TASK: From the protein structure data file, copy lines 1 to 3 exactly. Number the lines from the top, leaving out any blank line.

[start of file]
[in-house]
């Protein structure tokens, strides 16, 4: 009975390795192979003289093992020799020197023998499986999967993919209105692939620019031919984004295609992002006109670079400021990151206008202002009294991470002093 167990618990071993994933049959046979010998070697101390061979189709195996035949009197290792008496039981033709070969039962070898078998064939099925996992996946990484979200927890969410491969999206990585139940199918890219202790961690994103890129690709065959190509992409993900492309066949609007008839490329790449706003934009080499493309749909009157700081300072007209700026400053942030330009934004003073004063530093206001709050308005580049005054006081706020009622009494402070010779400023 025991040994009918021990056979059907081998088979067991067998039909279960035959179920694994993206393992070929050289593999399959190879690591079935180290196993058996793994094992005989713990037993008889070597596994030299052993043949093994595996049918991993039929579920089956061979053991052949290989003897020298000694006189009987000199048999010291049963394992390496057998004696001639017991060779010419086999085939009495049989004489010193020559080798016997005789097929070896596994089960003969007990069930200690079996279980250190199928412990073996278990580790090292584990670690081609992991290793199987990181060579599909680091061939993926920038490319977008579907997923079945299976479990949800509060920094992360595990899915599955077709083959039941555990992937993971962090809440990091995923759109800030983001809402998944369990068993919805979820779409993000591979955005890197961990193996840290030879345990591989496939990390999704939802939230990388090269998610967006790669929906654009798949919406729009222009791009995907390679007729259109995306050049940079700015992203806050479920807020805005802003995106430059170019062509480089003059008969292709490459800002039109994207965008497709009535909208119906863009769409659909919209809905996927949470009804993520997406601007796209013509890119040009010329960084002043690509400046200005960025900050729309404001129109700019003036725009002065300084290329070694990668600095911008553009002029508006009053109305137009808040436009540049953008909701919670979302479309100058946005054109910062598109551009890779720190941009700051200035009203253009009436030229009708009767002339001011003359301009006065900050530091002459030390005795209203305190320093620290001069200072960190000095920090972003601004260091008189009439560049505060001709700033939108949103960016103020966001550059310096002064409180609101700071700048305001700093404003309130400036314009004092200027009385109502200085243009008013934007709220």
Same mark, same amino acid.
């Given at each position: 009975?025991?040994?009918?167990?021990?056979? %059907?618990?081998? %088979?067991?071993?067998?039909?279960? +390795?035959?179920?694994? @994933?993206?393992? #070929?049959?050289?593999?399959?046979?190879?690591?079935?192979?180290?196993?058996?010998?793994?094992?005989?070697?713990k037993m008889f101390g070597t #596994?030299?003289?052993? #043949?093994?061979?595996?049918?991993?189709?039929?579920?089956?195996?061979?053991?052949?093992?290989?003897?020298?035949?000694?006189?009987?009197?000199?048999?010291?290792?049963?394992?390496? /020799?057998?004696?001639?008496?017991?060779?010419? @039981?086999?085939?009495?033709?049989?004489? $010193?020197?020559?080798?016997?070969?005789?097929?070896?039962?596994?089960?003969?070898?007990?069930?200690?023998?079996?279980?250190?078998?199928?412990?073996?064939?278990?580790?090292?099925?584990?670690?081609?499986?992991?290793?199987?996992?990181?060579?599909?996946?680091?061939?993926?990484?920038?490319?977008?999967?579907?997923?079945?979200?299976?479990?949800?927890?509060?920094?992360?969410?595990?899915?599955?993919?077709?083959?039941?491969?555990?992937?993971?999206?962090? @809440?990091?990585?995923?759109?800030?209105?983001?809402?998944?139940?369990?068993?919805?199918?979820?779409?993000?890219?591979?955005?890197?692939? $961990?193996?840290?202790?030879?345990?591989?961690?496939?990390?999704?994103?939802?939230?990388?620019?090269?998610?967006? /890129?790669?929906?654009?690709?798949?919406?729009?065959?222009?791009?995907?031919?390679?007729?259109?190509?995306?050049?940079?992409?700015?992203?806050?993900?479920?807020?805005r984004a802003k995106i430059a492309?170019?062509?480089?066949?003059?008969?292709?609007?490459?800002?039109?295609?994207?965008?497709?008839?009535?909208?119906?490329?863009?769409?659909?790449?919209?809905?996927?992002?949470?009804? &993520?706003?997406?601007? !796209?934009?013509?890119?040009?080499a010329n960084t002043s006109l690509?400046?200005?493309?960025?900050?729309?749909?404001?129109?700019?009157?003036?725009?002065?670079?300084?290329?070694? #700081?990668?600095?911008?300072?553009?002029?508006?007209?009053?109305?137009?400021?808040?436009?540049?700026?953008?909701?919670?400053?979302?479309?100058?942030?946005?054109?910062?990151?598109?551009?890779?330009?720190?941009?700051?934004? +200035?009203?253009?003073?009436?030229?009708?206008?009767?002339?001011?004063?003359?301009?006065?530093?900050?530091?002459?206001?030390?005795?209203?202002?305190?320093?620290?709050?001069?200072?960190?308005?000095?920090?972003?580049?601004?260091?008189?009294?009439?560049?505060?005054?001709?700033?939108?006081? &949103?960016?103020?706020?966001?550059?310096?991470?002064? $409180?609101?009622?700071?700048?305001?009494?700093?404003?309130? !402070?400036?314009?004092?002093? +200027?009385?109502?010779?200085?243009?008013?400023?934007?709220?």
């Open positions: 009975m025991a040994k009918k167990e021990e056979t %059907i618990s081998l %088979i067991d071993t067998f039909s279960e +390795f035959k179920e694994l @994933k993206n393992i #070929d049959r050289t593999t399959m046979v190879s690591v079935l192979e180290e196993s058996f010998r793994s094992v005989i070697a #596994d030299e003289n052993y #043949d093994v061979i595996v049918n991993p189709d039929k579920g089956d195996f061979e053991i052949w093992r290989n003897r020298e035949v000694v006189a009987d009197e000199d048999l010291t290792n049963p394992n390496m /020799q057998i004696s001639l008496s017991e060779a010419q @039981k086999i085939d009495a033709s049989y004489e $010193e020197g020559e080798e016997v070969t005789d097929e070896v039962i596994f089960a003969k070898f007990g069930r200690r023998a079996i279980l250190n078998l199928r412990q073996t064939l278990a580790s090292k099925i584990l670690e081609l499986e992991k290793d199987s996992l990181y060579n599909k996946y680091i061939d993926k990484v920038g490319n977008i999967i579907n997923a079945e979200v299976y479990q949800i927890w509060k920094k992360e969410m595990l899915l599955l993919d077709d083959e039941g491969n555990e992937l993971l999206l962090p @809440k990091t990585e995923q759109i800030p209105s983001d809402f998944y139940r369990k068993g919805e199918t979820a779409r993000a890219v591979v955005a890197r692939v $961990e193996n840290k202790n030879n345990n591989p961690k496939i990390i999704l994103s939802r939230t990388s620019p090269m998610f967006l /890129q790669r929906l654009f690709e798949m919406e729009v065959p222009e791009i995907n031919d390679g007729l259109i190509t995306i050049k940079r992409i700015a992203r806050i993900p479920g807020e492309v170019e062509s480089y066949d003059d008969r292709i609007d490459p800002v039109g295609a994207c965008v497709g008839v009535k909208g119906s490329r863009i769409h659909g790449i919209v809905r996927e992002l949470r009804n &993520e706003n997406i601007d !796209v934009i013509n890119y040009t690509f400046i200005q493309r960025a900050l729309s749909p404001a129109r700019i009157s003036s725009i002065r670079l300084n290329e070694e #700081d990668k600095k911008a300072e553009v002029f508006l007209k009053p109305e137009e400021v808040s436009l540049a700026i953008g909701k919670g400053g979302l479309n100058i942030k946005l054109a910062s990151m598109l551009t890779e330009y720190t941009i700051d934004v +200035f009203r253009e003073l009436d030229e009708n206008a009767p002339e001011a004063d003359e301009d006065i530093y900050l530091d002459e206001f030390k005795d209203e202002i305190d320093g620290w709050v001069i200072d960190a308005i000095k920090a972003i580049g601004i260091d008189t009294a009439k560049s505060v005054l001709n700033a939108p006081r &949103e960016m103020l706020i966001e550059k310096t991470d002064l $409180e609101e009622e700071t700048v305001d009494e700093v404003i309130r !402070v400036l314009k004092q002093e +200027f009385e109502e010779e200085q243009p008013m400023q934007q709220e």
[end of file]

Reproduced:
[in-house]
């Protein structure tokens, strides 16, 4: 009975390795192979003289093992020799020197023998499986999967993919209105692939620019031919984004295609992002006109670079400021990151206008202002009294991470002093 167990618990071993994933049959046979010998070697101390061979189709195996035949009197290792008496039981033709070969039962070898078998064939099925996992996946990484979200927890969410491969999206990585139940199918890219202790961690994103890129690709065959190509992409993900492309066949609007008839490329790449706003934009080499493309749909009157700081300072007209700026400053942030330009934004003073004063530093206001709050308005580049005054006081706020009622009494402070010779400023 025991040994009918021990056979059907081998088979067991067998039909279960035959179920694994993206393992070929050289593999399959190879690591079935180290196993058996793994094992005989713990037993008889070597596994030299052993043949093994595996049918991993039929579920089956061979053991052949290989003897020298000694006189009987000199048999010291049963394992390496057998004696001639017991060779010419086999085939009495049989004489010193020559080798016997005789097929070896596994089960003969007990069930200690079996279980250190199928412990073996278990580790090292584990670690081609992991290793199987990181060579599909680091061939993926920038490319977008579907997923079945299976479990949800509060920094992360595990899915599955077709083959039941555990992937993971962090809440990091995923759109800030983001809402998944369990068993919805979820779409993000591979955005890197961990193996840290030879345990591989496939990390999704939802939230990388090269998610967006790669929906654009798949919406729009222009791009995907390679007729259109995306050049940079700015992203806050479920807020805005802003995106430059170019062509480089003059008969292709490459800002039109994207965008497709009535909208119906863009769409659909919209809905996927949470009804993520997406601007796209013509890119040009010329960084002043690509400046200005960025900050729309404001129109700019003036725009002065300084290329070694990668600095911008553009002029508006009053109305137009808040436009540049953008909701919670979302479309100058946005054109910062598109551009890779720190941009700051200035009203253009009436030229009708009767002339001011003359301009006065900050530091002459030390005795209203305190320093620290001069200072960190000095920090972003601004260091008189009439560049505060001709700033939108949103960016103020966001550059310096002064409180609101700071700048305001700093404003309130400036314009004092200027009385109502200085243009008013934007709220």
Same mark, same amino acid.